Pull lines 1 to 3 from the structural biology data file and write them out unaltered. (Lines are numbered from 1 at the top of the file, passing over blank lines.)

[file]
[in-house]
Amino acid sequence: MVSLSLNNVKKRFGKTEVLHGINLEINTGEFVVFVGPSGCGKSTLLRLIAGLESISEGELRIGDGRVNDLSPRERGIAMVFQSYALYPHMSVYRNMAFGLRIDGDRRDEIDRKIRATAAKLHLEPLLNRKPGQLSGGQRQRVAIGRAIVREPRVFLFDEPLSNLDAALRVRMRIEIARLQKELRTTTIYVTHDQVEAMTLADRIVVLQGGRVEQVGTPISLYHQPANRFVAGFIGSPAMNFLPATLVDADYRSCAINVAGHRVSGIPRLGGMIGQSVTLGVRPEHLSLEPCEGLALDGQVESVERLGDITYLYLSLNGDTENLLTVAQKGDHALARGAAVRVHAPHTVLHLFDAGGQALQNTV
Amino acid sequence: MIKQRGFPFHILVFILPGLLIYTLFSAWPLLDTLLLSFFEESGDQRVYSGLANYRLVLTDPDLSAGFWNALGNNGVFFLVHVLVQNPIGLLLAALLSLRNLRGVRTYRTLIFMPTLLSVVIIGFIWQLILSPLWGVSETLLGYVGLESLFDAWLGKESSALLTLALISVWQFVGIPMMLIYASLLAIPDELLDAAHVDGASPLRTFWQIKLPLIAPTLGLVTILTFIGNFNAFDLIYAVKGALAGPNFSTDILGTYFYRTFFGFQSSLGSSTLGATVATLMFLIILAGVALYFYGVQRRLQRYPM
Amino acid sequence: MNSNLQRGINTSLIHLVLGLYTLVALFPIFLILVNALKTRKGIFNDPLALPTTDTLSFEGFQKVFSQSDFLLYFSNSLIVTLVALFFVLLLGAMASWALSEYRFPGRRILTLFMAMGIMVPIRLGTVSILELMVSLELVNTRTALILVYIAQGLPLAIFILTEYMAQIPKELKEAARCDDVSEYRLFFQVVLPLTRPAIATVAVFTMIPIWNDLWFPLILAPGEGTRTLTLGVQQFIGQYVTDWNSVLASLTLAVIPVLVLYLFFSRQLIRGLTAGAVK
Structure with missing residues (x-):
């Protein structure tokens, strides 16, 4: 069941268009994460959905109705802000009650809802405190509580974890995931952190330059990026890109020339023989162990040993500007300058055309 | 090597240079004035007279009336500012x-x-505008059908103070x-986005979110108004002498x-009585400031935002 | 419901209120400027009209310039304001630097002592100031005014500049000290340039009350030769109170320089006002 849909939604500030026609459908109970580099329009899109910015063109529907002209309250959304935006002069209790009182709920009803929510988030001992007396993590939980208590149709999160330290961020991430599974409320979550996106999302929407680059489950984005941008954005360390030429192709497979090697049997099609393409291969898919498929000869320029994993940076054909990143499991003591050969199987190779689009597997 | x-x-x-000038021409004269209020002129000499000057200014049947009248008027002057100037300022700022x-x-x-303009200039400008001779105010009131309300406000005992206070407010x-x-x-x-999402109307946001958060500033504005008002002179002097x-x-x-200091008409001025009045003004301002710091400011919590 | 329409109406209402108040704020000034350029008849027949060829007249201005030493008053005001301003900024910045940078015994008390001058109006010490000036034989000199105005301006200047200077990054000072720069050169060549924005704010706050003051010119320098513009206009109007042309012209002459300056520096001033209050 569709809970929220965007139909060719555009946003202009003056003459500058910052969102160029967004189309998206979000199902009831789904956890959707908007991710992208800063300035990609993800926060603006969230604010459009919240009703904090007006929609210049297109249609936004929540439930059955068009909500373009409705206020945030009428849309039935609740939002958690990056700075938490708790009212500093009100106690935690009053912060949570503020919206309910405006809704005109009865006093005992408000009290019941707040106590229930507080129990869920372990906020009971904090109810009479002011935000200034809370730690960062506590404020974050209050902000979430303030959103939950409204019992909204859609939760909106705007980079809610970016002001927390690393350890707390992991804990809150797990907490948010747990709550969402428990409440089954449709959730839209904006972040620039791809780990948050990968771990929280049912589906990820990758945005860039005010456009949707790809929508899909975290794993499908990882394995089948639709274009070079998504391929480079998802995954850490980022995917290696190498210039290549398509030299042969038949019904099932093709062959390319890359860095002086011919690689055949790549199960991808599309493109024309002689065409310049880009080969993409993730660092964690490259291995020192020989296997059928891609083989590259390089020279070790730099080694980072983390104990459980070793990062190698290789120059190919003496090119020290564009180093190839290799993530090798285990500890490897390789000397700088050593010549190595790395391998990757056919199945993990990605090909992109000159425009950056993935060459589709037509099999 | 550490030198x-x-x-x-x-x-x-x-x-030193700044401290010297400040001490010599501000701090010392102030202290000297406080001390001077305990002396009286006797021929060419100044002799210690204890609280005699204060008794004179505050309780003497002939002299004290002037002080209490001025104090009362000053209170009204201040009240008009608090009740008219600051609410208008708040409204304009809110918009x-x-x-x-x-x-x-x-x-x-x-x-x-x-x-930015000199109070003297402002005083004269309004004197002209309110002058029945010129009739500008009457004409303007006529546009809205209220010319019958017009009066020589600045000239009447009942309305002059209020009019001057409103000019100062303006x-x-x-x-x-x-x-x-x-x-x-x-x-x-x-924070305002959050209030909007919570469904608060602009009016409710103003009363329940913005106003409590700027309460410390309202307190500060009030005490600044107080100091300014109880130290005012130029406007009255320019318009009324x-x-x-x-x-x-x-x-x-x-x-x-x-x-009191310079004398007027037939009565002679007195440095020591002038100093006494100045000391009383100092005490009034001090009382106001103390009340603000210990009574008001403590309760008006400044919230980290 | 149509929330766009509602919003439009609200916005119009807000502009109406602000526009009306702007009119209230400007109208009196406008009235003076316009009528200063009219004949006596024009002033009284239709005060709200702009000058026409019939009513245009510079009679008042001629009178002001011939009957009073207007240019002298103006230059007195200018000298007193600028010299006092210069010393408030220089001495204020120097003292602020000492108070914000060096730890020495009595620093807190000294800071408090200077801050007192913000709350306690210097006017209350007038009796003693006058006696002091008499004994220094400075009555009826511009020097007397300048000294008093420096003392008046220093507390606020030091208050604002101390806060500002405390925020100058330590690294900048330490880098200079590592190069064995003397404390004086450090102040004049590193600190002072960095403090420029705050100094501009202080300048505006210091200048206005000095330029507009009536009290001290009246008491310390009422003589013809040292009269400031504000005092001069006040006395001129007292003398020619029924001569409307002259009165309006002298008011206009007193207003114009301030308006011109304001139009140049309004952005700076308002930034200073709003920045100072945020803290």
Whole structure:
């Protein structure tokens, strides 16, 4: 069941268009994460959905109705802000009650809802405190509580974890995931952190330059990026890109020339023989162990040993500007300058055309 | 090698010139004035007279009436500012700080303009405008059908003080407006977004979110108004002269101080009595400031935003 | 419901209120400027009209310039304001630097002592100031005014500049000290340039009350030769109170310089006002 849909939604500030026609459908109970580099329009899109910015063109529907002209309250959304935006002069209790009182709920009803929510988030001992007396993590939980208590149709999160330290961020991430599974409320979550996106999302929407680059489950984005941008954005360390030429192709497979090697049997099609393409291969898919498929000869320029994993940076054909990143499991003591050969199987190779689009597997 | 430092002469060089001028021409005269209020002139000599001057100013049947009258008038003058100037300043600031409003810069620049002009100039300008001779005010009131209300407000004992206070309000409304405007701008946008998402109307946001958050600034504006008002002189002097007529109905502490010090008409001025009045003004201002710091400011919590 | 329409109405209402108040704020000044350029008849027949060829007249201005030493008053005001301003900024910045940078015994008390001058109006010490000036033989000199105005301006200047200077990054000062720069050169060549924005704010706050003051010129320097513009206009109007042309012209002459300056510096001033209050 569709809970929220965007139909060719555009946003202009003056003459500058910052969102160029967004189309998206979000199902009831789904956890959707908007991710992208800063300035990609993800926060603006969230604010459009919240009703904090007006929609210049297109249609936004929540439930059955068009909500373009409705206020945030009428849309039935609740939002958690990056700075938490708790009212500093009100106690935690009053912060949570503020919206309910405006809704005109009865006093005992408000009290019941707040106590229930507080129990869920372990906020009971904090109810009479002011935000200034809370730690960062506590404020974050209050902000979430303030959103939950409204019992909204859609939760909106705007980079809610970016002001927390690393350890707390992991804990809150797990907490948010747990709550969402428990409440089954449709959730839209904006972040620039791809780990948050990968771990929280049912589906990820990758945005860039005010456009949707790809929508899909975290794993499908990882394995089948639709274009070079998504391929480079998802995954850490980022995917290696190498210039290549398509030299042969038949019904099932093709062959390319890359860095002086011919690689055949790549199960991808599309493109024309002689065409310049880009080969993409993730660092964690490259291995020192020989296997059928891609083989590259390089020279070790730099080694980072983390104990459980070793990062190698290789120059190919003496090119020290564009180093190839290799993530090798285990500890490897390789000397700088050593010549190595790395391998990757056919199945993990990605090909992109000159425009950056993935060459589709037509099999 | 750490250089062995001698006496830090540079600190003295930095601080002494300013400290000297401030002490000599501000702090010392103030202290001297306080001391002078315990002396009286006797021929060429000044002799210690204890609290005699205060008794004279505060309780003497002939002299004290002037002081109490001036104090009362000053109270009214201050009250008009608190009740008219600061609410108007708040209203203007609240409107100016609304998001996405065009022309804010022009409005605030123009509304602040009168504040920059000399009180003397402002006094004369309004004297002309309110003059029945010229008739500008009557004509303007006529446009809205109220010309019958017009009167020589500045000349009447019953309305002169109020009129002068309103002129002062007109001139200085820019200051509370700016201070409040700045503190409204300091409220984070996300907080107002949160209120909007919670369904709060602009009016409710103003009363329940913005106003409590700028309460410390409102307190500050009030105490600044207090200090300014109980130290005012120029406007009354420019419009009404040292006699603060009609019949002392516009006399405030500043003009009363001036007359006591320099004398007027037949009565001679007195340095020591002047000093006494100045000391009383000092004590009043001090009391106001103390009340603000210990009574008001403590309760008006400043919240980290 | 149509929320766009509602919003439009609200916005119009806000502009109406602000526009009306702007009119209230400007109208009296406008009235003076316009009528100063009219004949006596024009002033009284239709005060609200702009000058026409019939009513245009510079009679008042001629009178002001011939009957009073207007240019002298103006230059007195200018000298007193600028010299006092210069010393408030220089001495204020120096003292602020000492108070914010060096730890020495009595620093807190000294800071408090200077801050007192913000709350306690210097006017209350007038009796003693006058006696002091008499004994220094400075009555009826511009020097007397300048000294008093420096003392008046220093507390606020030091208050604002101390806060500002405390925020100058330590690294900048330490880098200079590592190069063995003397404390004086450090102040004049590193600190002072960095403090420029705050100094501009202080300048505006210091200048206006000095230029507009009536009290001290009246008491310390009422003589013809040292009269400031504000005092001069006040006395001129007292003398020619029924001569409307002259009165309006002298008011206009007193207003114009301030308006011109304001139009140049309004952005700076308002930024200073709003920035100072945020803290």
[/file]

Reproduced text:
[in-house]
Amino acid sequence: MVSLSLNNVKKRFGKTEVLHGINLEINTGEFVVFVGPSGCGKSTLLRLIAGLESISEGELRIGDGRVNDLSPRERGIAMVFQSYALYPHMSVYRNMAFGLRIDGDRRDEIDRKIRATAAKLHLEPLLNRKPGQLSGGQRQRVAIGRAIVREPRVFLFDEPLSNLDAALRVRMRIEIARLQKELRTTTIYVTHDQVEAMTLADRIVVLQGGRVEQVGTPISLYHQPANRFVAGFIGSPAMNFLPATLVDADYRSCAINVAGHRVSGIPRLGGMIGQSVTLGVRPEHLSLEPCEGLALDGQVESVERLGDITYLYLSLNGDTENLLTVAQKGDHALARGAAVRVHAPHTVLHLFDAGGQALQNTV
Amino acid sequence: MIKQRGFPFHILVFILPGLLIYTLFSAWPLLDTLLLSFFEESGDQRVYSGLANYRLVLTDPDLSAGFWNALGNNGVFFLVHVLVQNPIGLLLAALLSLRNLRGVRTYRTLIFMPTLLSVVIIGFIWQLILSPLWGVSETLLGYVGLESLFDAWLGKESSALLTLALISVWQFVGIPMMLIYASLLAIPDELLDAAHVDGASPLRTFWQIKLPLIAPTLGLVTILTFIGNFNAFDLIYAVKGALAGPNFSTDILGTYFYRTFFGFQSSLGSSTLGATVATLMFLIILAGVALYFYGVQRRLQRYPM